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3rd Jul 2022

EU warns of more sanctions if Russia flouts ceasefire

  • Tusk (l) and Juncker after the informal EU summit on Thursday (Photo: consilium.europa.eu)

EU leaders gave a “cautious” welcome to the Ukraine ceasefire deal on Thursday (12 February) but warned of further sanctions if it isn’t implemented.

“We gave it our cautious approval. But words set down on paper must be accompanied by deeds … If this doesn’t happen we won’t hesitate to take further steps”, Council chief Donald Tusk told press after a summit in Brussels.

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  • Merkel attended the EU summit after 17-hour talks in Minsk (Photo: consilium.europa.eu)

“This conflict isn’t just about the territorial integrity of Ukraine. The whole geopolitical order in Europe after 1989 is at stake and we’ll be ready for any further development, good or bad”.

He noted the leaders didn’t discuss new sanctions in detail.

But he said they are “united and ready to act, also with new measures if necessary”.

He placed the burden of implementation on Russia, adding: “When it comes to implementation, the most important thing today is the good will of the Russian president, of that I have no doubt”.

German chancellor Angela Merkel said: “If the process becomes difficult, we don’t exclude further sanctions".

“We don’t yet know what these sanctions would be. We have asked the European Commission to make further preparations."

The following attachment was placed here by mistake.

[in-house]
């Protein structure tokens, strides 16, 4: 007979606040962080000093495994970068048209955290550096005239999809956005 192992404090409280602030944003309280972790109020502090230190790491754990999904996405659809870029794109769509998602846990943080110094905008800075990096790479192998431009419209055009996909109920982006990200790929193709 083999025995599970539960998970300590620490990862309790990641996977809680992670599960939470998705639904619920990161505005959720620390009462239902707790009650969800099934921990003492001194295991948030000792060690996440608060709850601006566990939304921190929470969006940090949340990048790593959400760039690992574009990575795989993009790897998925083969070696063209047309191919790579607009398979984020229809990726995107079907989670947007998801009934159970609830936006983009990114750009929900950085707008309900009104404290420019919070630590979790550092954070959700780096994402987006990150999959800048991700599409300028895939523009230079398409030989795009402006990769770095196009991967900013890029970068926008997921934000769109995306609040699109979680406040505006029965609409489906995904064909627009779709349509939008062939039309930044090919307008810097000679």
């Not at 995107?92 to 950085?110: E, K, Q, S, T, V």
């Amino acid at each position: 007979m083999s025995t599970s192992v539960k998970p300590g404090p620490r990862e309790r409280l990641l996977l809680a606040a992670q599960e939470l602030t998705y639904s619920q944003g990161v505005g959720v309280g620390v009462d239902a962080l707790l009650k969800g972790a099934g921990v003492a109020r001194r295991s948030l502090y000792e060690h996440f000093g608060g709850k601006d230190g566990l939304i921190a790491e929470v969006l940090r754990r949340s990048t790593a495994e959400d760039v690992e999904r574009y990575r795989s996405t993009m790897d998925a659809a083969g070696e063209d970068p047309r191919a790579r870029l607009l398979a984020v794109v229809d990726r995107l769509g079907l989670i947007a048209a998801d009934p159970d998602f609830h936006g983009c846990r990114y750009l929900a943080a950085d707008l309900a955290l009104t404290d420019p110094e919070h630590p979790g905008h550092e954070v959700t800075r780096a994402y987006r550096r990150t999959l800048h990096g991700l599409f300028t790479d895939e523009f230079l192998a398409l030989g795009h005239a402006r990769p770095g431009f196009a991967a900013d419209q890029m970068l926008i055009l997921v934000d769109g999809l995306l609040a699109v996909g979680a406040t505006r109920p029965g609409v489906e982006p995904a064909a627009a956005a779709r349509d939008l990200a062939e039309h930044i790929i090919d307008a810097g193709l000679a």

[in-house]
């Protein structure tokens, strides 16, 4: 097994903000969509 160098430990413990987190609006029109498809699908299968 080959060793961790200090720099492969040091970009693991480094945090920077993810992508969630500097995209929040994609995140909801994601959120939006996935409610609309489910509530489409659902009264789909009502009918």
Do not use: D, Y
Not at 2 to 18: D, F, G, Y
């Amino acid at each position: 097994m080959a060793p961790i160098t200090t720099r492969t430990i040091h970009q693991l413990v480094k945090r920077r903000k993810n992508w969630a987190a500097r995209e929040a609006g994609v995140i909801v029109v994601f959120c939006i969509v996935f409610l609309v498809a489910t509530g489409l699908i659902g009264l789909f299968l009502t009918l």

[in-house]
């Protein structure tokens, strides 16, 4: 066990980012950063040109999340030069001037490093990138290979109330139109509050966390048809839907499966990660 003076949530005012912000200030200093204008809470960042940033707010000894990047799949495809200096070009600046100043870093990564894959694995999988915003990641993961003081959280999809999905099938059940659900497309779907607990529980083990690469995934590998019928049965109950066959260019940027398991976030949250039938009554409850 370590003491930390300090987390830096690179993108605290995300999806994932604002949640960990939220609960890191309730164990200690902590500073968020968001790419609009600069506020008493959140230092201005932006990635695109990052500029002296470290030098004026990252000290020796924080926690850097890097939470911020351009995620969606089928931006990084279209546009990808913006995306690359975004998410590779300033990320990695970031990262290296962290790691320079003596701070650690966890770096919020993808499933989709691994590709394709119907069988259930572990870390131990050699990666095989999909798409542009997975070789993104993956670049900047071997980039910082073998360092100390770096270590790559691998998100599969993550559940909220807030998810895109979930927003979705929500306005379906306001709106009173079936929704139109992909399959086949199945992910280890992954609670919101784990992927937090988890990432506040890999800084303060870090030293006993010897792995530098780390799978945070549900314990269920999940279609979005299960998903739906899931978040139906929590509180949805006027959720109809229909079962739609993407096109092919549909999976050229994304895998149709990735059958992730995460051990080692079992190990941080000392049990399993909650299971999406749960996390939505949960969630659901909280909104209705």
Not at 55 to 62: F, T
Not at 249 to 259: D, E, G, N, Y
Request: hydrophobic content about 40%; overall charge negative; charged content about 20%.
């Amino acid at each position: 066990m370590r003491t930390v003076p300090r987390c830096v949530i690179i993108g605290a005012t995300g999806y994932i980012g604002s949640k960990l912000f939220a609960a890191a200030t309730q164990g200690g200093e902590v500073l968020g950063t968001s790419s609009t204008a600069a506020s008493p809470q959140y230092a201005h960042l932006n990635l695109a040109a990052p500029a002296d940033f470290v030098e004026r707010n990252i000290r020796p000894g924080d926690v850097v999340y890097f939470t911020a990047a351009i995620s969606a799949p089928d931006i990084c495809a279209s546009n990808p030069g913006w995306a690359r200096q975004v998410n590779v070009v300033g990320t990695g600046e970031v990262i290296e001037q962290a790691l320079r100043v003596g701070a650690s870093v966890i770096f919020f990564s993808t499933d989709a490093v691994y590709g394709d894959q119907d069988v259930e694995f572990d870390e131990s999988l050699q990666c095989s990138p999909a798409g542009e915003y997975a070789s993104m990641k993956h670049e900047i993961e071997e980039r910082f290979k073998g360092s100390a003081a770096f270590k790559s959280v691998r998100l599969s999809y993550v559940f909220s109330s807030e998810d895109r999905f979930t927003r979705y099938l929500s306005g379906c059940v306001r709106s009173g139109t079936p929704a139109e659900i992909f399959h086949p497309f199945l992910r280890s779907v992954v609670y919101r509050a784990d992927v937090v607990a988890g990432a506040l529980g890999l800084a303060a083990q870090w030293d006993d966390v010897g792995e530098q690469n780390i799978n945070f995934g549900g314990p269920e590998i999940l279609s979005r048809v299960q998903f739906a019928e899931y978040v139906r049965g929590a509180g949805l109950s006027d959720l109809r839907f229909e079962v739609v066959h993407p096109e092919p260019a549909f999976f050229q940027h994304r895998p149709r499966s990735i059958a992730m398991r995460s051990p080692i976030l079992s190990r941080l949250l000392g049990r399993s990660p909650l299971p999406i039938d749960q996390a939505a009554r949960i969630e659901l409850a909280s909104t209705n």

She confirmed the EU will on Monday expand its Russia blacklist by 19 individuals and nine entities in reaction to a rocket attack, last month, on the Ukrainian city of Mariupol.

Merkel came to Brussels from Minsk where she brokered the so-called Minsk 2 ceasefire deal with French president Francois Hollande, Ukrainian leader Petro Poroshenko, and Putin.

It calls for cessation of hostilities at midnight on 15 February, withdrawal of heavy weaponry from the line of contact, and withdrawal of “foreign” troops from Ukraine.

It also speaks of “special status” for Russia-occupied territories and leaves the Russia-Ukraine border open until the end of 2015, with Ukraine, also on Thursday, saying that 50 Russian tanks and 40 mobile rocket launchers crossed into its territory overnight.

Merkel noted that she and Poroshenko wanted the ceasefire to start “much quicker”. But she said the talks were “tough” and 15 February was agreed for “tactical reasons”.

Other leaders echoed Tusk and Merkel.

British PM David Cameron said “unless Russian behaviour changes, and Putin's behaviour changes, then sanctions should stay in place”.

French president Francois Hollande noted conditions "still aren't right" to resume deliveries of two warships to Russia.

The Netherlands’ Mark Rutte said Poroshenko promised him the people who shot down flight MH17 last year will not be covered by a proposed amnesty for Russia-controlled fighters.

Trade study

For his part, European Commission head Jean-Claude Juncker said he will draft a study on the impact of the EU-Ukraine free trade treaty on the Russian economy.

When asked if the exercise could lead to big changes in the EU-Ukraine pact - a symbol of Ukraine’s pro-Western revolution - he said: “We will make the final decisions in the light of this assessment”.

He also said EU officials will “immediately” relaunch talks with Russia and Ukraine on 2015 gas supplies.

Meanwhile, Tusk, a former Polish PM, defended his backseat role in the Minsk talks.

He said: “It’s obvious that the mediation of France and Germany gives a greater chance of success than my mediation - I'm here to help and support them”.

“The question of peace in Europe cannot be a subject for competition between EU institutions and EU nations. It’s too serious. It’s about the lives of thousands of people”.

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